Bhulabhai Desai Road, also well known by the old name Warden Road (and the part at and near the swimming pool as Breach Candy), is a niche up-market residential and semi-commercial locality of South Mumbai.
The 18th century Mahalaxmi Temple, which honors the Hindu goddess of wealth and wisdom, is situated nearby on the edge of sea. It is one of the most famous temples of Mumbai and attracts millions of devotees and tourists each year.
Geographically, this road curls around the Arabian Sea. Because of its picturesque location, real estate prices here are among the most expensive in the country.
The origin of the name Breach Candy, first attested by 1828 at least, is widely given as an Anglicisation of an Arabic-Marathi name Burj-khāḍī ('the tower of the creek'). However, this interpretation is disputed. In seventeenth- to nineteenth-century English, breach had meanings including 'the breaking of waves on a coast', 'surf made by the sea breaking over rocks; broken water, breakers' and 'a break in a coast, a bay, harbour', and may in the context of Breach Candy even have been used to refer to a breakwater at the location. Thus, although the breach part of the name could be an Anglicisation of a local word, it could simply be an English word in its own right. Meanwhile, Candy may be an Anglicisation of Marathikhind ('mountain pass') or Kannadakhindi ('a breach').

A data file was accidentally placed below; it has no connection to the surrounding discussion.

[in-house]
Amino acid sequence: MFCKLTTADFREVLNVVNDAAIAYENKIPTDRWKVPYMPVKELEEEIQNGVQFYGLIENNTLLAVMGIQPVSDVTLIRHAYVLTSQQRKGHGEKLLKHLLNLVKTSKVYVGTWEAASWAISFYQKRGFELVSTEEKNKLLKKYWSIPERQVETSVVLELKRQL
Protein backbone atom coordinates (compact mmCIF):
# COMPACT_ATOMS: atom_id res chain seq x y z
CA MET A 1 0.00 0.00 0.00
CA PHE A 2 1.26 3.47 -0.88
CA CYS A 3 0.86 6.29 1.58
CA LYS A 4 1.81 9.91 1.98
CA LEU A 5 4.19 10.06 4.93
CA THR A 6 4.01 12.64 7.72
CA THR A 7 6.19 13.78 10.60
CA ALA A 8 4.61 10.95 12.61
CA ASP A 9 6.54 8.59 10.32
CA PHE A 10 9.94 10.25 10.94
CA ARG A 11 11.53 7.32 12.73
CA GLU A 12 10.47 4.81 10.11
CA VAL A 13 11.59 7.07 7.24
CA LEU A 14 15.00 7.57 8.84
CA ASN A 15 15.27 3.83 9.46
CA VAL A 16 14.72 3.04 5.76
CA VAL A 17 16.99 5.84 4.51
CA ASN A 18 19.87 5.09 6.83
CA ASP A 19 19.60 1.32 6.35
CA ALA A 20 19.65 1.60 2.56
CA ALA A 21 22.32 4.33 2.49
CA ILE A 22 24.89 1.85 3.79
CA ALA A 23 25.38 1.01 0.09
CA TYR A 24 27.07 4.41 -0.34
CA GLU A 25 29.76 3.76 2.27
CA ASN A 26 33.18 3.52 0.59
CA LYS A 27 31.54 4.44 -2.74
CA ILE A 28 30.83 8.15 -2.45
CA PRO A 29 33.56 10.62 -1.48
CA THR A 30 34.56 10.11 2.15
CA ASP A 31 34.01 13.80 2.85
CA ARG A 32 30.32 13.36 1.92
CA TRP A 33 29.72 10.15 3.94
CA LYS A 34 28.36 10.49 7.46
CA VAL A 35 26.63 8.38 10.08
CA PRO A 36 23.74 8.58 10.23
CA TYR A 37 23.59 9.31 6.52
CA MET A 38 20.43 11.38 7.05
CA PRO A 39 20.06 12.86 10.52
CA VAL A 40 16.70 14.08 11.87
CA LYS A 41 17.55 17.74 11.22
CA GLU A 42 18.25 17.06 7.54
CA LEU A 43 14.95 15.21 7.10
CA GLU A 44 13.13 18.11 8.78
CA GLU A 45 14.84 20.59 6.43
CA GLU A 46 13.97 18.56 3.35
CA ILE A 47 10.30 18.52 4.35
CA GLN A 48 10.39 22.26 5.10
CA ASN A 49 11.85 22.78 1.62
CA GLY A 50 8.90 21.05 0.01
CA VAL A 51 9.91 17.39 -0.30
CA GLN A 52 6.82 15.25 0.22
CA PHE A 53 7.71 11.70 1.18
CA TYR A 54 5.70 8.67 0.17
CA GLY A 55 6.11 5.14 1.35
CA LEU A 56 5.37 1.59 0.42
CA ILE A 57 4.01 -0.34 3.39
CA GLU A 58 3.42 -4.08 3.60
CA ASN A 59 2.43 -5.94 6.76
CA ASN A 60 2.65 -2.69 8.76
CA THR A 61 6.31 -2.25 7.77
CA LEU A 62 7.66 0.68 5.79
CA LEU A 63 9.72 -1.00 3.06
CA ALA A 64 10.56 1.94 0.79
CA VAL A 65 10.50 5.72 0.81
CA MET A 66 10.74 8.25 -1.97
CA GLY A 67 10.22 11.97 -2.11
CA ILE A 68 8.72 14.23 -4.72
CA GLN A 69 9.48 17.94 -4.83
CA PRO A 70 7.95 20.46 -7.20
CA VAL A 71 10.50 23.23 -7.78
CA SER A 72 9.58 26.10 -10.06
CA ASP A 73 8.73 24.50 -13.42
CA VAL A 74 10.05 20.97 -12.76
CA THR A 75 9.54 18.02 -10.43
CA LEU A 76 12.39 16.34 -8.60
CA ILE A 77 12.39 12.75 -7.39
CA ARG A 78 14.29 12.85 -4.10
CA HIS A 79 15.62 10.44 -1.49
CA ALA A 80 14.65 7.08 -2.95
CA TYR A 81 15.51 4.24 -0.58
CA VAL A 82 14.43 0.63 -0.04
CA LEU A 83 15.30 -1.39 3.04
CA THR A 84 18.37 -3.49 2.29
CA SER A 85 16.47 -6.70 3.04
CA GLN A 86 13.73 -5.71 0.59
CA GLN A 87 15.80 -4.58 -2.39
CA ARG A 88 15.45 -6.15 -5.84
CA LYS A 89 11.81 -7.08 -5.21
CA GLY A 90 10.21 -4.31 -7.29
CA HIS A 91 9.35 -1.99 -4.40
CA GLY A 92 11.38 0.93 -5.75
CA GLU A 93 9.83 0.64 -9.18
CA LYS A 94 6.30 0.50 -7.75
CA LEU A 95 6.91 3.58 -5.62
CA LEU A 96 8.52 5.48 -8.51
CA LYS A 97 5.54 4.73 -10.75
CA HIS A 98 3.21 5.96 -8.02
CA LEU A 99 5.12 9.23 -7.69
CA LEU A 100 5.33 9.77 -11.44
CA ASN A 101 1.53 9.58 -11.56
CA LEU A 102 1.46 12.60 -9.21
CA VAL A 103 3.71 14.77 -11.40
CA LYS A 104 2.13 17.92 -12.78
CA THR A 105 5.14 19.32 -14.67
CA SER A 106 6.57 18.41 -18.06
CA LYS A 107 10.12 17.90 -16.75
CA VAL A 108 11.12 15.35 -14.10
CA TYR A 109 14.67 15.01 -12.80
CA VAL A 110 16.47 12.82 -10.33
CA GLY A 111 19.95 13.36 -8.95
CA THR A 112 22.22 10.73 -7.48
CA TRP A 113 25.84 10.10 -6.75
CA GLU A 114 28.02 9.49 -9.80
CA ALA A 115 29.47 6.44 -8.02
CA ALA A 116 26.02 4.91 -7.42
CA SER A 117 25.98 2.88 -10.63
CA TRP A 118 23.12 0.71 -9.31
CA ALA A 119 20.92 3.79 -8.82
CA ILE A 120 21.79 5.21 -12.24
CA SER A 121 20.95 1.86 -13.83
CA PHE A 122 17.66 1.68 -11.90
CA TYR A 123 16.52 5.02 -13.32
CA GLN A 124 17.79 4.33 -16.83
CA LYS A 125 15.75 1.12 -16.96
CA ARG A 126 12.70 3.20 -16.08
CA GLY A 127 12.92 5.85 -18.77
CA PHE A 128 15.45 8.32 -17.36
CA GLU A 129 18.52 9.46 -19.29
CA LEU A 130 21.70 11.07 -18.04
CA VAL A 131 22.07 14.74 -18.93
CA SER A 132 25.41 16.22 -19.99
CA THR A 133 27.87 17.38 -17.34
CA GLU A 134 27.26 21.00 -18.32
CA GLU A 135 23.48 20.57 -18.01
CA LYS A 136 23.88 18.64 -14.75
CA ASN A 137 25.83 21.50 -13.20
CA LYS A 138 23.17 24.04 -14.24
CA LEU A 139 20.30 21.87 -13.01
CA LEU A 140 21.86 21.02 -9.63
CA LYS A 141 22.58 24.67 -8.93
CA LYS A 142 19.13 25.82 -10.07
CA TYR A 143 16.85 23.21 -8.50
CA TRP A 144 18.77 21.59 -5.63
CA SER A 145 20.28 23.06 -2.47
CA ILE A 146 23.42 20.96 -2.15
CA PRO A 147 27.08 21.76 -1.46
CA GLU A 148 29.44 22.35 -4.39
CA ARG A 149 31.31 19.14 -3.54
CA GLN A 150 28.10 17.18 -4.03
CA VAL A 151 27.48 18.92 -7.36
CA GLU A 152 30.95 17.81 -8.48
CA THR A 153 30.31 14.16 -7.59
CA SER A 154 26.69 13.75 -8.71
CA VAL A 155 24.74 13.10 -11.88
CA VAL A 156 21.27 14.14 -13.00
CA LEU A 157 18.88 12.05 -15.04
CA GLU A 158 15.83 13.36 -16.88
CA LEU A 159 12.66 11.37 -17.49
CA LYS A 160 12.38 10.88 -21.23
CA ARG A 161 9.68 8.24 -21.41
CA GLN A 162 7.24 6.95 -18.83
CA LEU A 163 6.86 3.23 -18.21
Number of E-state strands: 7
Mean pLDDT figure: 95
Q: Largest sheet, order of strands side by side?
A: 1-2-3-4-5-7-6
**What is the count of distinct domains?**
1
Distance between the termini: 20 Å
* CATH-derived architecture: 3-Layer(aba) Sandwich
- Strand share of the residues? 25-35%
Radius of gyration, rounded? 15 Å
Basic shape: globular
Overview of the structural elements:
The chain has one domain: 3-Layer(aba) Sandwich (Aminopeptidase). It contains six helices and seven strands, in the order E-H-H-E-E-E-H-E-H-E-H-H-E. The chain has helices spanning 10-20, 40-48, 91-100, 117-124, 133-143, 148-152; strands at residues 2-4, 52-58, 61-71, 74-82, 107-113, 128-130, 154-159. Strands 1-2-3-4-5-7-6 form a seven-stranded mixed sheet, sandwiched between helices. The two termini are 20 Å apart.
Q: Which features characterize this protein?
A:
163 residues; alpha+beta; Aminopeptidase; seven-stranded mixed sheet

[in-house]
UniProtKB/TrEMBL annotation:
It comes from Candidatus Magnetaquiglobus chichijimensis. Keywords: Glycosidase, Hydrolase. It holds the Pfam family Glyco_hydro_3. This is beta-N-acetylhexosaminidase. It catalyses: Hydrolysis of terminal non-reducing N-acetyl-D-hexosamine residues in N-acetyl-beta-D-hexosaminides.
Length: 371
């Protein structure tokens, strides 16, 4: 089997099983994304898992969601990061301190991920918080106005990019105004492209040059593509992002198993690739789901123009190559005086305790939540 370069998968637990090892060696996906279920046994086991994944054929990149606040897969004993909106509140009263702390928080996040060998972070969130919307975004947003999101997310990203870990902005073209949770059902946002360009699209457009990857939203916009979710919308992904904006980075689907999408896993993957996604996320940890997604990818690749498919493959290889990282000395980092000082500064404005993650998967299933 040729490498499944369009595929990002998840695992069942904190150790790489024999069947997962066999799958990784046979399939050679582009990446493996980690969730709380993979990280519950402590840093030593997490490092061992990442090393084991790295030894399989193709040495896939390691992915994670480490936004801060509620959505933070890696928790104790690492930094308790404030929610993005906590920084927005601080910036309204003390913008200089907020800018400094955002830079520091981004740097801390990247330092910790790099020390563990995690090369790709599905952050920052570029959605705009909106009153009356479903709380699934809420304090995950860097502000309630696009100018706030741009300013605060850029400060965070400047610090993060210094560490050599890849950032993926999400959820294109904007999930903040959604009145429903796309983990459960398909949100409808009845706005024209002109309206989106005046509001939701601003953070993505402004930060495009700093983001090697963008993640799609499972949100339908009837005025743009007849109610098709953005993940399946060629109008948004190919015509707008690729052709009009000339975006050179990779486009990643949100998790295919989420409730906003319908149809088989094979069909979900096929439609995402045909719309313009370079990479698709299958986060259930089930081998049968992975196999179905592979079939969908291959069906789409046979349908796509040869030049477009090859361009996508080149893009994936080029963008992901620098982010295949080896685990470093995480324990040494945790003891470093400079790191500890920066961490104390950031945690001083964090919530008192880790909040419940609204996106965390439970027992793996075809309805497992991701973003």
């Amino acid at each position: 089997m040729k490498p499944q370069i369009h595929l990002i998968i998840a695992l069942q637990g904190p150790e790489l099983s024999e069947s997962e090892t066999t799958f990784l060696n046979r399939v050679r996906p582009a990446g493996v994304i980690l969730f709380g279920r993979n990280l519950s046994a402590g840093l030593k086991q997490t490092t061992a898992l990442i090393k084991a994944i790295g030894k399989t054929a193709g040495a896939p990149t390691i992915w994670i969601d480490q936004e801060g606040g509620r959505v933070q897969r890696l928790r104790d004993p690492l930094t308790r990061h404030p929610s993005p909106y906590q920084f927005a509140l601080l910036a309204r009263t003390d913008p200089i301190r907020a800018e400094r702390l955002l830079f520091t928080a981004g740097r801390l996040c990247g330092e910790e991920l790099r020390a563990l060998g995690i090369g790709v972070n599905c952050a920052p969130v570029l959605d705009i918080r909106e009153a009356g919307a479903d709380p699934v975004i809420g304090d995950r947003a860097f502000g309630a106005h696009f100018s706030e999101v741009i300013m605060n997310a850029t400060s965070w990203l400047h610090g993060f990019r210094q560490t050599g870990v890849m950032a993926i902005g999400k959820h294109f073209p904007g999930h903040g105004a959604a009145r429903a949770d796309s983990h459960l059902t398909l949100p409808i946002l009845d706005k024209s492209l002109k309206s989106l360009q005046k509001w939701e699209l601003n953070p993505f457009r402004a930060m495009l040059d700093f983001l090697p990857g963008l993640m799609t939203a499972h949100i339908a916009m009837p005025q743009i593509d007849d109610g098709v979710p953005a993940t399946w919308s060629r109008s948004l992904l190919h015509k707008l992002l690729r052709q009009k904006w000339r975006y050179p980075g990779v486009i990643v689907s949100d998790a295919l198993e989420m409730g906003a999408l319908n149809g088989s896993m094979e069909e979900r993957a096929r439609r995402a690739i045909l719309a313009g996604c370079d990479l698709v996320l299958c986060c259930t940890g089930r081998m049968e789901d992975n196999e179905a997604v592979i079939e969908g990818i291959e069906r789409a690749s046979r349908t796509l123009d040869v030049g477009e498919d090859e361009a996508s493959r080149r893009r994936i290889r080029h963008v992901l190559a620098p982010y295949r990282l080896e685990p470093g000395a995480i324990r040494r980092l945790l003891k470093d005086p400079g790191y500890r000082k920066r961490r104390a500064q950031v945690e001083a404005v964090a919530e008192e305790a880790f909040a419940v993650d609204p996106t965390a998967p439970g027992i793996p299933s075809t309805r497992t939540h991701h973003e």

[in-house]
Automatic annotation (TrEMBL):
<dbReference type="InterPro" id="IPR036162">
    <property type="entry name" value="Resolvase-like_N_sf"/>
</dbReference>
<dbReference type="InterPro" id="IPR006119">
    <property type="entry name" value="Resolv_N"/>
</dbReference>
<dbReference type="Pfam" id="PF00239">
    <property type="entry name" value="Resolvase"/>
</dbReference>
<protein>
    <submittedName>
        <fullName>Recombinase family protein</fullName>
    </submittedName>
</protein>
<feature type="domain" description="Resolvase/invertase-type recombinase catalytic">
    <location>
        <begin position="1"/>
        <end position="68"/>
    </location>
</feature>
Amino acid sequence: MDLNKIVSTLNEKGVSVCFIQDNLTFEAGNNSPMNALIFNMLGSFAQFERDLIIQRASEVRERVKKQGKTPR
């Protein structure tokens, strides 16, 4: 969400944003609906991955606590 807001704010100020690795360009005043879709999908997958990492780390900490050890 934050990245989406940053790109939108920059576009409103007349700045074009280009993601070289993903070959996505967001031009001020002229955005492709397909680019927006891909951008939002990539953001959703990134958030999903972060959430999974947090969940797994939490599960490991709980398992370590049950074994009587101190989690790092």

The changing environs of Breach Candy
Diorama of Breach Candy area of pre-Colonial islands of Bombay (right) and Worli (left). 5 marks the shrine of Mahalaxmi, Mahasaraswati, and Mahakali. What is now Breach Candy is largely sea.
Diorama of Breach Candy area of eighteenth-century Bombay, marking Mahalxmi Temple (20) and showing the island of Bombay joining the island of Worli (24).
'Map of the Port and Island of Bombay with the Adjacent Island', 1724, naming the recently formed bay as 'the Breach'.
'Niebuhr's Map of Bombay', 1764, showing the sea-wall or 'Vellard', and the 'Breach battery'.
'The Island of Bombay' by Captain Thomas Dickinson, 1812-16, showing the reclamation of land behind the sea-wall or 'Vellard', and marking the Mahalaxmi Temple.
Not long ago, Breach Candy was sparsely populated with very few bungalows and mansions. Most of the residents were born into old money. Some of these bungalows and mansions still stand. The Breach Candy House, the Breach Candy Swimming Club and the Breach Candy Hospital have been present since the time of British rule.
What are now the Amarson and Tata gardens were landfills with abandoned construction trucks, cranes and bulldozers probably used in land reclamation projects. A few of these trucks were parked in a truck-sized garage behind Scandal Point. Similarly, trucks, cranes and bulldozers were seen abandoned on the land which is now known as Priyadarshini Park.
^Chidambara Martanda Kulkarni, Studies in Indian History (Bombay: Sri Dvaipayana Trust, 1974), p. 114.
^"Contact UsArchived 11 February 2015 at the Wayback Machine." DSB International School. Retrieved on 11 February 2015. "Garden Campus: Students from Kindergarten to Year 3 / Klasse 4 DSB INTERNATIONAL SCHOOL 76 Bhulabhai Desai Road, Breach Candy Mumbai - 400 026 India." and "Aurum House: Students from Year 5 / Klasse 5 DSB INTERNATIONAL SCHOOL 25 Dadi Seth Road, Babulnath Mumbai - 400 007 India. "